Password protection is not an unbeatable system when it comes to Internet security, but it’s extremely common. Oftentimes it’s the only barrier between your sensitive data and the outside world.
Think of your online passwords like locks. The more elaborate the lock, the harder it will be to crack it.
Here’s how password cracking works, so you know what you’re up against: A hacker runs a program that tries thousands of passwords for logging into a website. Sometimes sites have security measures to prevent this, but others don’t.
The cracking program uses words from the dictionary, proper nouns, and potentially any common phrase. It will try combinations of numbers, and lower and upper cases.
So a strong password is one that is not easily accessible, i.e. would not be a likely Google search.
A very strong password: 5h#oo97Bs%152mU0s&3H”k
Notice how long this password is: over 14 characters. That is considered a good length for a tough password.
Notice too how it is a combo of lower and upper case letters, numbers, and symbols. There is no recognizable phrase or pattern.
But this password is tough to remember. One this tough is perfect for say, your bank. But for your email or Facebook account, you might want one that flows easier.
A medium-strong password: t3xh()Ma898989^
Perhaps you like the name of the town “Texhoma”, so you mutate that into the first component. Then you repeat some digits before adding an extra symbol.
Note that you shouldn’t use a word that has a personal connection (as if you were from Texhoma). Even if it’s mutated, it still shouldn’t be a short or common word (like “Fr33” or “1nT3rN3t”)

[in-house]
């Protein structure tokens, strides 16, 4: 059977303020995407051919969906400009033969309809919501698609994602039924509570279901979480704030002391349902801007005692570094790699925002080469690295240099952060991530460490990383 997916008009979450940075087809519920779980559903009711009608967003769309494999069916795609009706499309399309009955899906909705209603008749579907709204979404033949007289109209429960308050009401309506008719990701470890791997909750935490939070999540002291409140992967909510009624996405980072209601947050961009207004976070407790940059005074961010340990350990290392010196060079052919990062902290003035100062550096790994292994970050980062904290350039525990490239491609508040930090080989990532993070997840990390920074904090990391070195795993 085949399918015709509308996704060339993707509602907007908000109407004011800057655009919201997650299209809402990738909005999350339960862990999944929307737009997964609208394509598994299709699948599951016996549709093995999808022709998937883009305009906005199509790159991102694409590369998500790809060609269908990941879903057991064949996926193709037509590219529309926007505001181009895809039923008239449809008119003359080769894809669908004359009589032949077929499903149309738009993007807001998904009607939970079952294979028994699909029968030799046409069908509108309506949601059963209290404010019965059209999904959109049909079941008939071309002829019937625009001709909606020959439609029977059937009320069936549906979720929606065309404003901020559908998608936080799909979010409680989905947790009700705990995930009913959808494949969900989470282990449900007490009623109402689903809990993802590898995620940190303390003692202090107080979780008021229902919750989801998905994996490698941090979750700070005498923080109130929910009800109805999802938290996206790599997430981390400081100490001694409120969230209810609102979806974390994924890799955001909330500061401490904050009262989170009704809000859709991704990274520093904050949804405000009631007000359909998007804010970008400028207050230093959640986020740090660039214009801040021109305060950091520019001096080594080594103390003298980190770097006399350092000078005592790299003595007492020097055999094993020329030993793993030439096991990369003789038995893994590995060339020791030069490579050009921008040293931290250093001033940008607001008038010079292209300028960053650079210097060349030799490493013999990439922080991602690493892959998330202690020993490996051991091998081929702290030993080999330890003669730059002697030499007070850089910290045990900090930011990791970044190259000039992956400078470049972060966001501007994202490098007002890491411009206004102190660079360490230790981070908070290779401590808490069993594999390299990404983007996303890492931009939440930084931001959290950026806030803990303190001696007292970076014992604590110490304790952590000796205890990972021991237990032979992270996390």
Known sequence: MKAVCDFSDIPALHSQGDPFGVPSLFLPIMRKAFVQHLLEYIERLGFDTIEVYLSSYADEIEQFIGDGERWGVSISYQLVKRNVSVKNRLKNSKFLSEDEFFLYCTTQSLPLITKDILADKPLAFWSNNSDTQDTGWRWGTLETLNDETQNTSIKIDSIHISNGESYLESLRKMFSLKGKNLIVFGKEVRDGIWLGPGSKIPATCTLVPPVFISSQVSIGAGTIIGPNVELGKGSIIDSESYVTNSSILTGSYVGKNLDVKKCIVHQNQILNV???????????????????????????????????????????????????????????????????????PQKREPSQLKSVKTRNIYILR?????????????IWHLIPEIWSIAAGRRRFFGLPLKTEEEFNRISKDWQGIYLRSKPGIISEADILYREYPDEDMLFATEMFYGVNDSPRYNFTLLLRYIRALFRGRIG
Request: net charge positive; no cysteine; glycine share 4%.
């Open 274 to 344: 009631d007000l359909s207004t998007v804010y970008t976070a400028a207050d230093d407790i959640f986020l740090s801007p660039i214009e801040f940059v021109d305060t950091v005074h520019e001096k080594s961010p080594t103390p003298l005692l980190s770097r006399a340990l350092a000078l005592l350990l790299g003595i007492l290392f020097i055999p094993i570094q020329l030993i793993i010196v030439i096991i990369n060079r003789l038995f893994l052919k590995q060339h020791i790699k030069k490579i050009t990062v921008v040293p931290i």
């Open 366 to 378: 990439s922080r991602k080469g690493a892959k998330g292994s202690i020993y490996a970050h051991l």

What to avoid. Avoid any phrases related to your personal life—your name, your address, your pet (which is very common), or your interests.
Avoid obvious combinations of anything: “abc123”, “qwertyuiop” “money$$$”.
And never use the password “password”. It is believed to be the most common password on the Internet, and thus the easiest cracked.
Need help? Microsoft offers a password checker for determining strength. However, the checker looks at form rather than content, so it can’t tell if you’re using words from your life.
Anyway: my name is Alexander Carl. I am a recent graduate of the University of North Carolina at Chapel Hill, where I spent four blissful years earning a degree in Communication Studies. Now I face the real world of economic downturns, student loans, and the absence of “academic” camaraderie.
Yet I refuse to be bummed. My economic philosophy is to live simply, save, and maximize whatever I can. Consumer culture is undeniably pervasive, but you don’t have to sell your soul to co-exist with it— there is great power from using your economic resources wisely.
I started writing when I figured out how to hold a pencil. Since then I’ve written short stories, poetry, screenplays, and have blogged. In fact, three of my screenplays have been produced into short films, two of which I directed. I’m no stranger to the media, having served as a DJ at a freeform radio station and worked as a crew member for live TV.
Pastimes include traveling (I’ll visit virtually anywhere), swimming, jogging, hiking, and hunkering down with a good movie.
Overall I’m a peaceful person, though not in a creepy New Agey way. I get my energy from music, good conversation, and the outdoors (I was an active Boy Scout, earning my Eagle). I consider myself “inquisitive” and “wry”, and for the sake of autobiography I’ll assume that I am.